610 E 135th Street
Kansas City, MO 64145
816-941-EDGE (3343) 

"Framing America's Landscapes!"

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General Questions

  1. How long are the pieces and where do I buy them?

    You can’t buy them as individual pieces. Our product is fully custom and made right in your yard in one seamless continuous piece, to your exact specifications. No design is ever alike. The breaks you see in pictures are crack control joints we cut in place while the concrete is still wet, just like your sidewalk and driveway,  to give the product longevity against cracking and heaving.

  2. Is this a new product?

    Absolutely not. Concrete edging was invented in Australia by Richard Eggleton back in 1973, and was brought to the United States by his business partner and our friend, Patrick Roach who landed in the Phoenix, AZ metro in 1980. Great strides in equipment, concrete technology and innovations in the industry have made this product more affordable and more available than ever before.

  3. What is the life expectancy of concrete edging?

    Properly installed and maintained, all concrete should have a life cycle that exceeds 25-30 years. Our concrete is mixed to precise specifications and meets or exceeds the quality of the concrete found in your driveway and sidewalks. Periodic re-sealing, although not mandatory, will help assure a long and healthy life for your concrete edging.

  4. Is there any maintenance required?

    Anything that lives outdoors requires some basic care to maximize its lifecycle and concrete edging is no exception. Moisture is the primary enemy of any concrete. All of our projects include 2 coats of a commercial grade high-solvent acrylic which is applied after installation. We recommend resealing one time after the first year then every three years thereafter. Resealing is inexpensive and insures a long life for the product. We offer a special every year where we provide this service at a greatly reduced rate

  5. How much does The SHARPER EDGE Cost?

    Relatively speaking, concrete edging will run triple the cost of plastic edging, double the cost of steel edging and about the same or less than some of the professionally installed paver or stone edging products. As a total cost of ownership, concrete edging is substantially lower than everything else because of its long lifecycle, 30 years or more, while providing benefits and beauty well beyond the alternatives.

    The major determinants of cost are the size of the project,  distance to the project, the number of starts and stops,  and the style of edging that you choose. Every project is unique, but an average range of cost is between $3000 and $5000 for a whole home project. Your project may cost more or less.

  6. Do you have a project minimum?

    Yes. Our minimum is computed based on the travel time and distance to the job. The reason for this minimum is that we have the same amount of travel time, equipment set up, and clean-up time on a 100 foot project as we have on a 500’ project. At our project minimums we generate enough income to offset these costs.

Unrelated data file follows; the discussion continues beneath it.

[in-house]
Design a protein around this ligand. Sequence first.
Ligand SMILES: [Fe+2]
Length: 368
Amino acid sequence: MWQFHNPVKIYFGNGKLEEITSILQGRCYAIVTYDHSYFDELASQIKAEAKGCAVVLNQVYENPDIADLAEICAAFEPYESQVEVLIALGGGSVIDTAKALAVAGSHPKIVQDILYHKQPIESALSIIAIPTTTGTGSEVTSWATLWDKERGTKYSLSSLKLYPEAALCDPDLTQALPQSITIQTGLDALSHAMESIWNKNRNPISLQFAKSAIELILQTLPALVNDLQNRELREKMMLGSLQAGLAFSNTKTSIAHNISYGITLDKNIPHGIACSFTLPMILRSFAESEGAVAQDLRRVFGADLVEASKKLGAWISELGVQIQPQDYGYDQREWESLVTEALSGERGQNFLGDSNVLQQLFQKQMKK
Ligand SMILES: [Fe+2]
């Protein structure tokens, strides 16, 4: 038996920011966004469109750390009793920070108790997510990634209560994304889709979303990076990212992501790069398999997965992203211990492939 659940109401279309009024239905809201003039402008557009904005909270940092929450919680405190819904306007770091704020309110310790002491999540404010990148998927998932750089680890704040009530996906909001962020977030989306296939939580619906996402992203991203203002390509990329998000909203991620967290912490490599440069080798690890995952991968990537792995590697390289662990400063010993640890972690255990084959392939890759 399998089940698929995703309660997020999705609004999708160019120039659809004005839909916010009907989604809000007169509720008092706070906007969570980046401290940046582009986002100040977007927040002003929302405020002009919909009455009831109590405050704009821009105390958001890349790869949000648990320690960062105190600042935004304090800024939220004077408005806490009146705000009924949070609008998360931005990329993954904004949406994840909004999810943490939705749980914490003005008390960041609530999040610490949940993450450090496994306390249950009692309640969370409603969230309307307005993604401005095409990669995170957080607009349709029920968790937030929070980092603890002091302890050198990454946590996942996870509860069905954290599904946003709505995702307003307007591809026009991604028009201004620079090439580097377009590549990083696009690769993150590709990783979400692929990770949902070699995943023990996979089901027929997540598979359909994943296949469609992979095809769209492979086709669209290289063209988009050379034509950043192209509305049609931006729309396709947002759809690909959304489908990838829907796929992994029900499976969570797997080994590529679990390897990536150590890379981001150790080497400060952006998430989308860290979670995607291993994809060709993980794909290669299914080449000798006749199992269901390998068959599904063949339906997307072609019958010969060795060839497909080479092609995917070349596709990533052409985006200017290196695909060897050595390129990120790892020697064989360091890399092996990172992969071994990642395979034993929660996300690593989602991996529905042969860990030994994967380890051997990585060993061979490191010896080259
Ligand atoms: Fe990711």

7. Is The SHARPER EDGE insured?

    Yes. We are fully insured for both liability and worker compensation. We are in good standing with all government agencies and play by the rules. If you would like to see our certificate of insurance please don’t hesitate to ask.

  8. Does this process damage my lawn or existing flowerbeds?

    Absolutely not. We mix all of our concrete on site, in a specially designed truck, and wheel it directly to the worksite in a turf tire buggy. No trucks or heavy vehicles of any kind will come onto your property. 

Technical Information

  1. How does this product hold up to our mid-west winters?

    GREAT! We utilize precisely placed crack control joints,  a fiber mesh additive and an integrated stainless steel cable to cope with the freezing weather in our area. Finally, we seal all of our work with a professional grade acrylic sealer to protect it from the elements.

  2. Will my concrete edging crack?

  3. Yes. All concrete can and will crack under certain conditions. We take preventative measures to control cracking. We cut crack control joints roughly 24”to 30” on center. The industry standard is 48” but we find that by exceeding that standard we have fewer problems. Additionally we blend fiber mesh throughout the concrete and offer an inexpensive option to extrude a stainless steel cable throughout the length of your edging. Despite these efforts no one can guarantee you that you will not get a crack. Cracks are typically hair line in nature and not a big deal. Our optional cable reinforcement is designed to mitigate cracks that occur.

  4. You keep talking about control joints and fiber mesh, what are they?

  5. A control joint is nothing more than a cut, roughly 25% of the way into the concrete which provides a weak link in the event that stress occurs. These are the same joints that you will find on your sidewalks and driveway. By providing a mechanism to absorb ground shift, a weak link, we have more control over where cracking will occur.